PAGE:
The phone rang this morning, around 9 AM. I’ve gotten used to that; my recruiter’s been calling me around 9 for the last few days. But this time there was a different tone to his voice. He was nervous.

Great, I instantly thought. Another rejection. What is this, high school?But I let him finish, because he said he had some good news. "Dave, they’re excited about you. But there’s a problem. Do you think there’s any way you can start tomorrow?"

Tomorrow. He’d told me yesterday he thought they’d probably be interested in me, and that we’d be preparing for a start day of July 5. Being able to start tomorrow was about the last thing I expected.

I wasn’t the least bit prepared, but in reality, what did I have planned for tomorrow? A trip to the post office, certainly. A trip to a thrift store or two, most likely. Maybe I’d get ambitious and change the oil in my wife’s car, and maybe I wouldn’t. So I’d make $7, maybe $15, and I’d save another $20.

I figure that every day I didn’t work cost me between $150 and $200 (pre-tax). So you do the math. I told him I’ll start tomorrow.

Actually this was a longshot if there ever was one. The job position involves Unix administration. I’m not a stranger to Unix, but it’s been a year since I’ve done any Unix on a regular basis. I pulled out all the stops on the job interview, showing up in a suit and tie on a 90-plus degree day on just a couple of hours’ notice. It was all downhill from there. The entire department of five interviewed me, plus one guy who’d been recently promoted out of it. They peppered me with Unix and e-mail questions. One of them asked me why to never type "rm -rf /" and I asked him whether the "r" was uppercase or lowercase. Apparently in Solaris it doesn’t matter. It does in every Linux distribution I know. But I got the rest of the question right. I struck out on the others, sometimes badly.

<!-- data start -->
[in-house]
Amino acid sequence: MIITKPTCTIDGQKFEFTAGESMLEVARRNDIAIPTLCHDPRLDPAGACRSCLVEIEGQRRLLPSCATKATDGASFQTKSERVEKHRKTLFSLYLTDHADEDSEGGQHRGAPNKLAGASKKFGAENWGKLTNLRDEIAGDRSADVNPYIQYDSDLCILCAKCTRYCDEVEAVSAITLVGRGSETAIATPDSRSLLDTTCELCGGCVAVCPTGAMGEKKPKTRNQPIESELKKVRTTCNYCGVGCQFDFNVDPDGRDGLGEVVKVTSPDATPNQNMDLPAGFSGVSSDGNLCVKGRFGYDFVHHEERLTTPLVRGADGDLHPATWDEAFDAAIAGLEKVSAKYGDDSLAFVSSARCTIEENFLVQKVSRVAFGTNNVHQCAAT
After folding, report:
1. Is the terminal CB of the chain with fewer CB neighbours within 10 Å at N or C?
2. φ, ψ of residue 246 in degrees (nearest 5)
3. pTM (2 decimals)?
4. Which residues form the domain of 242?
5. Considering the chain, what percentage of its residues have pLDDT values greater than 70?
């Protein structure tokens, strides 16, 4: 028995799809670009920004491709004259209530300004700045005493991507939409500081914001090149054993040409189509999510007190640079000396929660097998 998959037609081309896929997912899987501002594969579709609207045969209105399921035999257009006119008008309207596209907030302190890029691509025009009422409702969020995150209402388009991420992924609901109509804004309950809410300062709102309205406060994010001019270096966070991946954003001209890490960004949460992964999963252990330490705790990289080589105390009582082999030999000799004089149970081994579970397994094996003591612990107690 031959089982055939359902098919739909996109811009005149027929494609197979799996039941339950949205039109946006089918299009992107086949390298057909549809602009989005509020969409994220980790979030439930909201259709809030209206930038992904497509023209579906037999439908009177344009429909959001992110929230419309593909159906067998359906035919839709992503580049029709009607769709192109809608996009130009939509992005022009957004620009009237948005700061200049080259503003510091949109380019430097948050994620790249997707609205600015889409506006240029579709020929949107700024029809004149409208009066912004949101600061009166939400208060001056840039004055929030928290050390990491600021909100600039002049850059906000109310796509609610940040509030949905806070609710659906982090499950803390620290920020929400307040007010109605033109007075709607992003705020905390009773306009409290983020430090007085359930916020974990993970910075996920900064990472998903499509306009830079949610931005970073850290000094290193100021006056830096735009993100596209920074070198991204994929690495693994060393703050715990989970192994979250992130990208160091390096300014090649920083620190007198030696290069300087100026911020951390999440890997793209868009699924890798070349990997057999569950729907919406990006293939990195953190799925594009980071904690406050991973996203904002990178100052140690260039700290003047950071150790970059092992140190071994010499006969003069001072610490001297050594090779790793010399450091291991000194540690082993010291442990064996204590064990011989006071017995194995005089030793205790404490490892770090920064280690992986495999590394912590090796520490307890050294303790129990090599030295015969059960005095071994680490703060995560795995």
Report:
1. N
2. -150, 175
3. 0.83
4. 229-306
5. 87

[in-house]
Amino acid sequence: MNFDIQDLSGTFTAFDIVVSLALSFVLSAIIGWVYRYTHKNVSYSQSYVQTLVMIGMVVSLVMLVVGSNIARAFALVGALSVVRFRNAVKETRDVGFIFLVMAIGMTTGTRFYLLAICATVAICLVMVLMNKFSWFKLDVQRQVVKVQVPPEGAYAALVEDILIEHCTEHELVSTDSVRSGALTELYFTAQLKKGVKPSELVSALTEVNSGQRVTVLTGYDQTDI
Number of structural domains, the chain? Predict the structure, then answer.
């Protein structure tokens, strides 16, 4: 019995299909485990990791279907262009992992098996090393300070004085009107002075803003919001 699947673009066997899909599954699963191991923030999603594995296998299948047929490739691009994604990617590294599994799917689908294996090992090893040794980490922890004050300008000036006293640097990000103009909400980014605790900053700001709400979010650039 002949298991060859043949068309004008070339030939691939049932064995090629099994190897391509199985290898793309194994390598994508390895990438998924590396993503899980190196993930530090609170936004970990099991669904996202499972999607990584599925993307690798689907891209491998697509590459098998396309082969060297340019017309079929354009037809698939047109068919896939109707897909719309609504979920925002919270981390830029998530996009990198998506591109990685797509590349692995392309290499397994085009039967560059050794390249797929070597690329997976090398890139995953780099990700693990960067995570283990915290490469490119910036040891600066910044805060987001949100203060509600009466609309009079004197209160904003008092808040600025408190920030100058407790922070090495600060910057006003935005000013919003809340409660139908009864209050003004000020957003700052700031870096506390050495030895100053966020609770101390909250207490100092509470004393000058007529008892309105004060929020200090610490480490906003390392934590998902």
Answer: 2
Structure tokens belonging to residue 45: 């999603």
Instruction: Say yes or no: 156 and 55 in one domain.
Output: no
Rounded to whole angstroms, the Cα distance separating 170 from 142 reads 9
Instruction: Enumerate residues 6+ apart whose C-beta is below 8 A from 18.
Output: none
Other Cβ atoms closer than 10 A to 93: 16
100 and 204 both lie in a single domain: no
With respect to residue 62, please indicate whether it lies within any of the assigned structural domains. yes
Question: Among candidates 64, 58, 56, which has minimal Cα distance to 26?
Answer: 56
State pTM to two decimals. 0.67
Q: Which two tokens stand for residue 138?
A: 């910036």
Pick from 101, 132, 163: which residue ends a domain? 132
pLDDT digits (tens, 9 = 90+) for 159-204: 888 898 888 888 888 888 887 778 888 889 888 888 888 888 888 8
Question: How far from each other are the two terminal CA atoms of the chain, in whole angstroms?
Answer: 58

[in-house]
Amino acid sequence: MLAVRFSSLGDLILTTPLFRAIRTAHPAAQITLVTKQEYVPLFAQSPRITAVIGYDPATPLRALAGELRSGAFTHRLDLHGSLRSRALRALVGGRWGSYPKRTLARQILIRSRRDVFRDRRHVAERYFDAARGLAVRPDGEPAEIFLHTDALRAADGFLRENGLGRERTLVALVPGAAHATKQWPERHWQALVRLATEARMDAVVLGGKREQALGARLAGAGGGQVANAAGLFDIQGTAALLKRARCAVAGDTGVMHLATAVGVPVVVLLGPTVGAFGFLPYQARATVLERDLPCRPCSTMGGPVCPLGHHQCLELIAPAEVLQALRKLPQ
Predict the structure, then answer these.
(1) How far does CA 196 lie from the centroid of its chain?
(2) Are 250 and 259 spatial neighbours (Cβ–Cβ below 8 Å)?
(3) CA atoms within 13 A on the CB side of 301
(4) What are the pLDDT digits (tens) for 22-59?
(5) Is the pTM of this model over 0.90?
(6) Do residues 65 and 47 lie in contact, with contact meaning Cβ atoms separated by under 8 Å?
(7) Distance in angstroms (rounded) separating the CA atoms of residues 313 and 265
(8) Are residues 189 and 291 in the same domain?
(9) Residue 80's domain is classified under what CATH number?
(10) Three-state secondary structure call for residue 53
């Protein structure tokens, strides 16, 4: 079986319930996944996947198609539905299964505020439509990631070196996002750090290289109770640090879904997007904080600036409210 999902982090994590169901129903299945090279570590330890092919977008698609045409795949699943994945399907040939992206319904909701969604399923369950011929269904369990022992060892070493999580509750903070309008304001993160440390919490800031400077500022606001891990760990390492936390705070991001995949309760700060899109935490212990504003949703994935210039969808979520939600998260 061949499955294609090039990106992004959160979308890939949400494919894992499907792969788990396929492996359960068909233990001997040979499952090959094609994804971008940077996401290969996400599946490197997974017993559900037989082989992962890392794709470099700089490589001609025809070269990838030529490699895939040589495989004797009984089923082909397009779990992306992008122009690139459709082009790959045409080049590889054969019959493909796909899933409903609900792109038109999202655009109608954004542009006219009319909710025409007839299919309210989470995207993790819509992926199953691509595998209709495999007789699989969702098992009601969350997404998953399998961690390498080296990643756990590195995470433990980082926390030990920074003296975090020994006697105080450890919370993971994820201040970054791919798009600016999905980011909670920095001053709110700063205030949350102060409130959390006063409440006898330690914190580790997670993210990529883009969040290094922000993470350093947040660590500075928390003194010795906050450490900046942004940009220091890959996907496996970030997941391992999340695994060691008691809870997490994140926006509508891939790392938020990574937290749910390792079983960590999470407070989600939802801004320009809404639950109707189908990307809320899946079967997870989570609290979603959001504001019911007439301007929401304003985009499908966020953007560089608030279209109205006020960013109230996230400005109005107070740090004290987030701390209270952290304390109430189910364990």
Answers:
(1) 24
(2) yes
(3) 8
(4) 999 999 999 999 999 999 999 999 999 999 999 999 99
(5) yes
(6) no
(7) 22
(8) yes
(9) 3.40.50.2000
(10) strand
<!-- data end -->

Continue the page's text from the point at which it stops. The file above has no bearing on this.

I left the building with a little more than a thank-you for my time from the supervisor. I made a note to myself to make sure my recruiter briefed me better on what the responsibilities would be, and to get me enough time to actually brush up so I’d look like I know something, and not some idiot off the street who can barely spell "Unix."

Then they started interviewing other people. And with each passing interview, my recruiter felt more hopeful. I started to feel hopeful too. I didn’t count on anything–my wife and I all but started a business last week, and we’re profitable. It won’t pay the mortgage, let alone make us rich, but we made more than enough to pay the electric bill, and we did it on our terms.

And then the phone call came. A few hours later I drove 10 miles, signed some papers, and it was official. I’m a professional Unix administrator.